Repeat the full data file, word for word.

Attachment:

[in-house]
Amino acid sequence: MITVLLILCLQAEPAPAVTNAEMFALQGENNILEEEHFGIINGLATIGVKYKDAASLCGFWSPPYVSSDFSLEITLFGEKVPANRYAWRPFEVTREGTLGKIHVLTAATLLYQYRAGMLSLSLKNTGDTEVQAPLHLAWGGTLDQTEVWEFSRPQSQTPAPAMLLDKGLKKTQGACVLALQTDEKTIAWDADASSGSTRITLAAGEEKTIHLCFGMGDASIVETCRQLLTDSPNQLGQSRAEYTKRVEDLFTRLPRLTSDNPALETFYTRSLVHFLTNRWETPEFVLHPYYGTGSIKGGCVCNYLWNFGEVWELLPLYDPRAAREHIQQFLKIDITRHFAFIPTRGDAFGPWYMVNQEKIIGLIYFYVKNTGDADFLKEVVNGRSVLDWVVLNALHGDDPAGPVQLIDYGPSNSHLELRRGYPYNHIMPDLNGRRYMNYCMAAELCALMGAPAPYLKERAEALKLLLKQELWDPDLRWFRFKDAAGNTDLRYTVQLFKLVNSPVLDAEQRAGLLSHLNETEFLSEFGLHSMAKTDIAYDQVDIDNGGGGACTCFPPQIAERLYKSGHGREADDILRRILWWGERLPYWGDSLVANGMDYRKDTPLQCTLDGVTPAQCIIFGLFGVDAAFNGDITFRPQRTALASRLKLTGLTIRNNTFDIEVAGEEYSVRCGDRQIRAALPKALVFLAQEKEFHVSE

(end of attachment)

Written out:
[in-house]
Amino acid sequence: MITVLLILCLQAEPAPAVTNAEMFALQGENNILEEEHFGIINGLATIGVKYKDAASLCGFWSPPYVSSDFSLEITLFGEKVPANRYAWRPFEVTREGTLGKIHVLTAATLLYQYRAGMLSLSLKNTGDTEVQAPLHLAWGGTLDQTEVWEFSRPQSQTPAPAMLLDKGLKKTQGACVLALQTDEKTIAWDADASSGSTRITLAAGEEKTIHLCFGMGDASIVETCRQLLTDSPNQLGQSRAEYTKRVEDLFTRLPRLTSDNPALETFYTRSLVHFLTNRWETPEFVLHPYYGTGSIKGGCVCNYLWNFGEVWELLPLYDPRAAREHIQQFLKIDITRHFAFIPTRGDAFGPWYMVNQEKIIGLIYFYVKNTGDADFLKEVVNGRSVLDWVVLNALHGDDPAGPVQLIDYGPSNSHLELRRGYPYNHIMPDLNGRRYMNYCMAAELCALMGAPAPYLKERAEALKLLLKQELWDPDLRWFRFKDAAGNTDLRYTVQLFKLVNSPVLDAEQRAGLLSHLNETEFLSEFGLHSMAKTDIAYDQVDIDNGGGGACTCFPPQIAERLYKSGHGREADDILRRILWWGERLPYWGDSLVANGMDYRKDTPLQCTLDGVTPAQCIIFGLFGVDAAFNGDITFRPQRTALASRLKLTGLTIRNNTFDIEVAGEEYSVRCGDRQIRAALPKALVFLAQEKEFHVSE